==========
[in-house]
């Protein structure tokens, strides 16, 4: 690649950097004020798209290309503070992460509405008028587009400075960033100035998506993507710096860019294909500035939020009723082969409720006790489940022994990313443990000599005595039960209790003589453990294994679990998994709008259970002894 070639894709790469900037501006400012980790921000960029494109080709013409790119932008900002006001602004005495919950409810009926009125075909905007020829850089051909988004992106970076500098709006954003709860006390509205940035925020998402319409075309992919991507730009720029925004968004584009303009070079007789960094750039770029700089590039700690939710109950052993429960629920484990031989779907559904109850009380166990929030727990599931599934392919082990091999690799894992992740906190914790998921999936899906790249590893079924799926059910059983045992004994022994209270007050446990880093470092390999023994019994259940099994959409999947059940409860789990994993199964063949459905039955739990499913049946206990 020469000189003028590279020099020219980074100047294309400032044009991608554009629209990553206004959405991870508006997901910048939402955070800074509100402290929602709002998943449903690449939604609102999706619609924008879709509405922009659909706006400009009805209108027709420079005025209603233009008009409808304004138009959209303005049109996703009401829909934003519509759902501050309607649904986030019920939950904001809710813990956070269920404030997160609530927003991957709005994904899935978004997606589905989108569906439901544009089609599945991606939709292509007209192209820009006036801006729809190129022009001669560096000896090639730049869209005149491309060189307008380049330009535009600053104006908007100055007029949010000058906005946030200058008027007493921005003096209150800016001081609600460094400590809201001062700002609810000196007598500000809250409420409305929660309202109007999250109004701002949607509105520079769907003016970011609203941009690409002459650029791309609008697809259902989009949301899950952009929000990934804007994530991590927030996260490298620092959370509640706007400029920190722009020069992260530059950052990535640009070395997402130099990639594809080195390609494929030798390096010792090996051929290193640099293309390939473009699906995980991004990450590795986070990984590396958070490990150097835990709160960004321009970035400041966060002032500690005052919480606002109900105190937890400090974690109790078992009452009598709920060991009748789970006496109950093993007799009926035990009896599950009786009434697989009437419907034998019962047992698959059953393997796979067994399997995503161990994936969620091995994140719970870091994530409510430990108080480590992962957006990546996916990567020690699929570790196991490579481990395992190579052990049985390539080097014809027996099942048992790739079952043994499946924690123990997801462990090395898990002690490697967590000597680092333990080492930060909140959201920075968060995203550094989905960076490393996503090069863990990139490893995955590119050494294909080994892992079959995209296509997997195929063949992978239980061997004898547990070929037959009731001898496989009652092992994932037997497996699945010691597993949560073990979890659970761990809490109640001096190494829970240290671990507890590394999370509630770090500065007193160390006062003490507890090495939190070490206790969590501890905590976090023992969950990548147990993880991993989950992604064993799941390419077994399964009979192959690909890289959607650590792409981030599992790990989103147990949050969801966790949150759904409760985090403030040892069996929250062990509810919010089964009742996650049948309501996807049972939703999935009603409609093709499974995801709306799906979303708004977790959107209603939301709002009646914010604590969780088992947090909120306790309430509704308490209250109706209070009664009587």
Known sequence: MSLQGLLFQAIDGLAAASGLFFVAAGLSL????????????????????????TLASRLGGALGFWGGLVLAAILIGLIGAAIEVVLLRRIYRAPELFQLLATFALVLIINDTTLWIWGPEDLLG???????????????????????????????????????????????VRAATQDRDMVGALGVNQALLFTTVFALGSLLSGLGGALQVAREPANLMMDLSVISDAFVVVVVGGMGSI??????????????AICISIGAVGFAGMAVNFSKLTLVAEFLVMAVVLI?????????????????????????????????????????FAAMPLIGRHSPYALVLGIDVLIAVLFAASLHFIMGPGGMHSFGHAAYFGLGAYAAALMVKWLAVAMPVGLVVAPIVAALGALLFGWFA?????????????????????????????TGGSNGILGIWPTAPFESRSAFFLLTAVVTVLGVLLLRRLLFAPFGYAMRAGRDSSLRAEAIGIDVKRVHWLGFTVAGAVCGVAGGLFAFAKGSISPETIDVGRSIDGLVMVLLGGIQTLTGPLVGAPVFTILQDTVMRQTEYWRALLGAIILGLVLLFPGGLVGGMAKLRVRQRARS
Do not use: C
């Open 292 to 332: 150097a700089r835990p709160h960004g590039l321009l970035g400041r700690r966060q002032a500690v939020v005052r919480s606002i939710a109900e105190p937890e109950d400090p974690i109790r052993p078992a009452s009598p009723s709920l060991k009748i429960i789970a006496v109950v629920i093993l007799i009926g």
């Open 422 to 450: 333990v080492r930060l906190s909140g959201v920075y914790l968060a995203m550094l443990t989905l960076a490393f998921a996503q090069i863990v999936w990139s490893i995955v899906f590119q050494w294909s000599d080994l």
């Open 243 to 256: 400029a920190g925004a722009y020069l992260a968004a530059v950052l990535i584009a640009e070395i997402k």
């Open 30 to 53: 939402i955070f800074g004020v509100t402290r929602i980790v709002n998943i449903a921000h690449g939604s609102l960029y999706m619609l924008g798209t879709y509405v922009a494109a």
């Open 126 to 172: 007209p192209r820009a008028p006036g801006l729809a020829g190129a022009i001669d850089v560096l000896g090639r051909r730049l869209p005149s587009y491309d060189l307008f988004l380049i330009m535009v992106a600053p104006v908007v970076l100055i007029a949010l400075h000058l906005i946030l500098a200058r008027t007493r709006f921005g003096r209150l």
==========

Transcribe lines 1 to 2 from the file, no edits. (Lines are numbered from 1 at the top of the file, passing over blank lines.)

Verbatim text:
[in-house]
């Protein structure tokens, strides 16, 4: 690649950097004020798209290309503070992460509405008028587009400075960033100035998506993507710096860019294909500035939020009723082969409720006790489940022994990313443990000599005595039960209790003589453990294994679990998994709008259970002894 070639894709790469900037501006400012980790921000960029494109080709013409790119932008900002006001602004005495919950409810009926009125075909905007020829850089051909988004992106970076500098709006954003709860006390509205940035925020998402319409075309992919991507730009720029925004968004584009303009070079007789960094750039770029700089590039700690939710109950052993429960629920484990031989779907559904109850009380166990929030727990599931599934392919082990091999690799894992992740906190914790998921999936899906790249590893079924799926059910059983045992004994022994209270007050446990880093470092390999023994019994259940099994959409999947059940409860789990994993199964063949459905039955739990499913049946206990 020469000189003028590279020099020219980074100047294309400032044009991608554009629209990553206004959405991870508006997901910048939402955070800074509100402290929602709002998943449903690449939604609102999706619609924008879709509405922009659909706006400009009805209108027709420079005025209603233009008009409808304004138009959209303005049109996703009401829909934003519509759902501050309607649904986030019920939950904001809710813990956070269920404030997160609530927003991957709005994904899935978004997606589905989108569906439901544009089609599945991606939709292509007209192209820009006036801006729809190129022009001669560096000896090639730049869209005149491309060189307008380049330009535009600053104006908007100055007029949010000058906005946030200058008027007493921005003096209150800016001081609600460094400590809201001062700002609810000196007598500000809250409420409305929660309202109007999250109004701002949607509105520079769907003016970011609203941009690409002459650029791309609008697809259902989009949301899950952009929000990934804007994530991590927030996260490298620092959370509640706007400029920190722009020069992260530059950052990535640009070395997402130099990639594809080195390609494929030798390096010792090996051929290193640099293309390939473009699906995980991004990450590795986070990984590396958070490990150097835990709160960004321009970035400041966060002032500690005052919480606002109900105190937890400090974690109790078992009452009598709920060991009748789970006496109950093993007799009926035990009896599950009786009434697989009437419907034998019962047992698959059953393997796979067994399997995503161990994936969620091995994140719970870091994530409510430990108080480590992962957006990546996916990567020690699929570790196991490579481990395992190579052990049985390539080097014809027996099942048992790739079952043994499946924690123990997801462990090395898990002690490697967590000597680092333990080492930060909140959201920075968060995203550094989905960076490393996503090069863990990139490893995955590119050494294909080994892992079959995209296509997997195929063949992978239980061997004898547990070929037959009731001898496989009652092992994932037997497996699945010691597993949560073990979890659970761990809490109640001096190494829970240290671990507890590394999370509630770090500065007193160390006062003490507890090495939190070490206790969590501890905590976090023992969950990548147990993880991993989950992604064993799941390419077994399964009979192959690909890289959607650590792409981030599992790990989103147990949050969801966790949150759904409760985090403030040892069996929250062990509810919010089964009742996650049948309501996807049972939703999935009603409609093709499974995801709306799906979303708004977790959107209603939301709002009646914010604590969780088992947090909120306790309430509704308490209250109706209070009664009587």